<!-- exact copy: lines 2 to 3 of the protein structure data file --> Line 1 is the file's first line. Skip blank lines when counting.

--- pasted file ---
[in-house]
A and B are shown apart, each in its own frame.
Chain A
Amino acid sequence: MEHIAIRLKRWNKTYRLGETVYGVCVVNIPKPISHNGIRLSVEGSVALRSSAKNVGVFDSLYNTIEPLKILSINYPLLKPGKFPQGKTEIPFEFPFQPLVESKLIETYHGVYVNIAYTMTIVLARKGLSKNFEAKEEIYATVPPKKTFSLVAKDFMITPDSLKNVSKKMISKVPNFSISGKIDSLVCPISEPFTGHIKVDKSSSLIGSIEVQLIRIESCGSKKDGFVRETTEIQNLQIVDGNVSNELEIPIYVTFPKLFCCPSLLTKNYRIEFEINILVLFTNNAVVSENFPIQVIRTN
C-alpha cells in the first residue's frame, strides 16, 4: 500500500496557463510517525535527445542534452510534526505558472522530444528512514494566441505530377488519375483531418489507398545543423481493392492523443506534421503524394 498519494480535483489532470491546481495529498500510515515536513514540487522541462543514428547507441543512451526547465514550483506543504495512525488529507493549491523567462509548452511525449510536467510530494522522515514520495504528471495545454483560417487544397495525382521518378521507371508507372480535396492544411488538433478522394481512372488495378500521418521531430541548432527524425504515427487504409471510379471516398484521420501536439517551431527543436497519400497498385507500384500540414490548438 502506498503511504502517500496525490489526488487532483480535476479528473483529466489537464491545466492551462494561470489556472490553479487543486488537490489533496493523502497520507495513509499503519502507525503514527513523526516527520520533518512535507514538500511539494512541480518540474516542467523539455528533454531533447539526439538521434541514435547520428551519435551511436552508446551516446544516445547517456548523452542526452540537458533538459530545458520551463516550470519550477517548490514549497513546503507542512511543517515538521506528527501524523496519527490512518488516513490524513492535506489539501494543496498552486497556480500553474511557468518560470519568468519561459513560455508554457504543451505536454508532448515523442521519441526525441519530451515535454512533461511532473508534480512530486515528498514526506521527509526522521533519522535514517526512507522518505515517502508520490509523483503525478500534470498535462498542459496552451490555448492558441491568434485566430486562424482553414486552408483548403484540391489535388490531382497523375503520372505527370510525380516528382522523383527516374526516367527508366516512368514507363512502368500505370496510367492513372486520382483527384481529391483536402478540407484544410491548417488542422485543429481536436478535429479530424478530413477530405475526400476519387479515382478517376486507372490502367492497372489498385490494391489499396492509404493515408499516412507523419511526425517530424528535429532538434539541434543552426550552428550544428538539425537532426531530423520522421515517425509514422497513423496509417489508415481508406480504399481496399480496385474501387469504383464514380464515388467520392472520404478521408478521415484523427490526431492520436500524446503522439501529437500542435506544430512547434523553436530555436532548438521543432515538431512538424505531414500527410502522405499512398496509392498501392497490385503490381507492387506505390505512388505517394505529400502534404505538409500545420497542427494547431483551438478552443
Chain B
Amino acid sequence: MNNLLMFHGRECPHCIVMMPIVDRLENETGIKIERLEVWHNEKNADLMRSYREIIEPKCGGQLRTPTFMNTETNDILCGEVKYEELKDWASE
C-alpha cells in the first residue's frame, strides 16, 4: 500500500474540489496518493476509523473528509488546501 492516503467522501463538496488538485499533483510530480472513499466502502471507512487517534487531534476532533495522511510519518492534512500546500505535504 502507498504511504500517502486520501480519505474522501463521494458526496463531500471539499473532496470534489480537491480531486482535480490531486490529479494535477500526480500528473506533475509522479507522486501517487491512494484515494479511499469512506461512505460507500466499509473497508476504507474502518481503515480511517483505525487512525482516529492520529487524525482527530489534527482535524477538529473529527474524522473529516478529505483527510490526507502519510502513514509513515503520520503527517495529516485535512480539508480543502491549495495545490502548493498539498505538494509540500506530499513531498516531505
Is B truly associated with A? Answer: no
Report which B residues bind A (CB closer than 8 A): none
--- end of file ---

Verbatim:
A and B are shown apart, each in its own frame.
Chain A